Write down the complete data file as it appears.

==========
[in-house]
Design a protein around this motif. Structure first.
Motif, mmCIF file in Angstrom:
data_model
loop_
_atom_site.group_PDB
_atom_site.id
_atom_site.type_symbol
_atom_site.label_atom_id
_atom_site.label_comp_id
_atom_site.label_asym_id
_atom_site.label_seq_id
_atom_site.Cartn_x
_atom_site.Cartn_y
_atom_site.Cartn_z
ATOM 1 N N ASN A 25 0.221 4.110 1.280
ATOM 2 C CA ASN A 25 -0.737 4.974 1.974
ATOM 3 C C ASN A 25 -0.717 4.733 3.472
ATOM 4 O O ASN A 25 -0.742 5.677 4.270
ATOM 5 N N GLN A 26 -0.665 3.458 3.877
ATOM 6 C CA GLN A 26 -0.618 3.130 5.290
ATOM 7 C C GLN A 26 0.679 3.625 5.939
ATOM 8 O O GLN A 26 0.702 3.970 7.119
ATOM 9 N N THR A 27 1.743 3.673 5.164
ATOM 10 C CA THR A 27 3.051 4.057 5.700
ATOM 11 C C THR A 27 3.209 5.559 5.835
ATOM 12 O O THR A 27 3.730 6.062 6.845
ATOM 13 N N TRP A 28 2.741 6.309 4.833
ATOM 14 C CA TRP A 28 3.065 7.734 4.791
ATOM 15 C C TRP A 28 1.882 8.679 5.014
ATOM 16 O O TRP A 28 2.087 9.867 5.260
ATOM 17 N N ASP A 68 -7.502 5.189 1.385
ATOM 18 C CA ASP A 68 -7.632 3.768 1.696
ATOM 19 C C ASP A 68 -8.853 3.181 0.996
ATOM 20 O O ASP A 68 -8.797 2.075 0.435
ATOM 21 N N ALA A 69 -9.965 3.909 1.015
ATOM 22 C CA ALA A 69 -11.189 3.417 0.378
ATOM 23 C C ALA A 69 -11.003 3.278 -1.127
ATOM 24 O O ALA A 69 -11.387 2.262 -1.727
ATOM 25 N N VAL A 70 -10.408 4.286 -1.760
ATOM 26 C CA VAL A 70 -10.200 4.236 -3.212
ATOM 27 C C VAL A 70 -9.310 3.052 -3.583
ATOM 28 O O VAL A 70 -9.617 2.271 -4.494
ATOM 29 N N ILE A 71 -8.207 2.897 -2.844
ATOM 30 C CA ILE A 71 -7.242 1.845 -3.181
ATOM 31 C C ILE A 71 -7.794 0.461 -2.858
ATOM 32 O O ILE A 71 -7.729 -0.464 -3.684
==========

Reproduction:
[in-house]
Design a protein around this motif. Structure first.
Motif, mmCIF file in Angstrom:
data_model
loop_
_atom_site.group_PDB
_atom_site.id
_atom_site.type_symbol
_atom_site.label_atom_id
_atom_site.label_comp_id
_atom_site.label_asym_id
_atom_site.label_seq_id
_atom_site.Cartn_x
_atom_site.Cartn_y
_atom_site.Cartn_z
ATOM 1 N N ASN A 25 0.221 4.110 1.280
ATOM 2 C CA ASN A 25 -0.737 4.974 1.974
ATOM 3 C C ASN A 25 -0.717 4.733 3.472
ATOM 4 O O ASN A 25 -0.742 5.677 4.270
ATOM 5 N N GLN A 26 -0.665 3.458 3.877
ATOM 6 C CA GLN A 26 -0.618 3.130 5.290
ATOM 7 C C GLN A 26 0.679 3.625 5.939
ATOM 8 O O GLN A 26 0.702 3.970 7.119
ATOM 9 N N THR A 27 1.743 3.673 5.164
ATOM 10 C CA THR A 27 3.051 4.057 5.700
ATOM 11 C C THR A 27 3.209 5.559 5.835
ATOM 12 O O THR A 27 3.730 6.062 6.845
ATOM 13 N N TRP A 28 2.741 6.309 4.833
ATOM 14 C CA TRP A 28 3.065 7.734 4.791
ATOM 15 C C TRP A 28 1.882 8.679 5.014
ATOM 16 O O TRP A 28 2.087 9.867 5.260
ATOM 17 N N ASP A 68 -7.502 5.189 1.385
ATOM 18 C CA ASP A 68 -7.632 3.768 1.696
ATOM 19 C C ASP A 68 -8.853 3.181 0.996
ATOM 20 O O ASP A 68 -8.797 2.075 0.435
ATOM 21 N N ALA A 69 -9.965 3.909 1.015
ATOM 22 C CA ALA A 69 -11.189 3.417 0.378
ATOM 23 C C ALA A 69 -11.003 3.278 -1.127
ATOM 24 O O ALA A 69 -11.387 2.262 -1.727
ATOM 25 N N VAL A 70 -10.408 4.286 -1.760
ATOM 26 C CA VAL A 70 -10.200 4.236 -3.212
ATOM 27 C C VAL A 70 -9.310 3.052 -3.583
ATOM 28 O O VAL A 70 -9.617 2.271 -4.494
ATOM 29 N N ILE A 71 -8.207 2.897 -2.844
ATOM 30 C CA ILE A 71 -7.242 1.845 -3.181
ATOM 31 C C ILE A 71 -7.794 0.461 -2.858
ATOM 32 O O ILE A 71 -7.729 -0.464 -3.684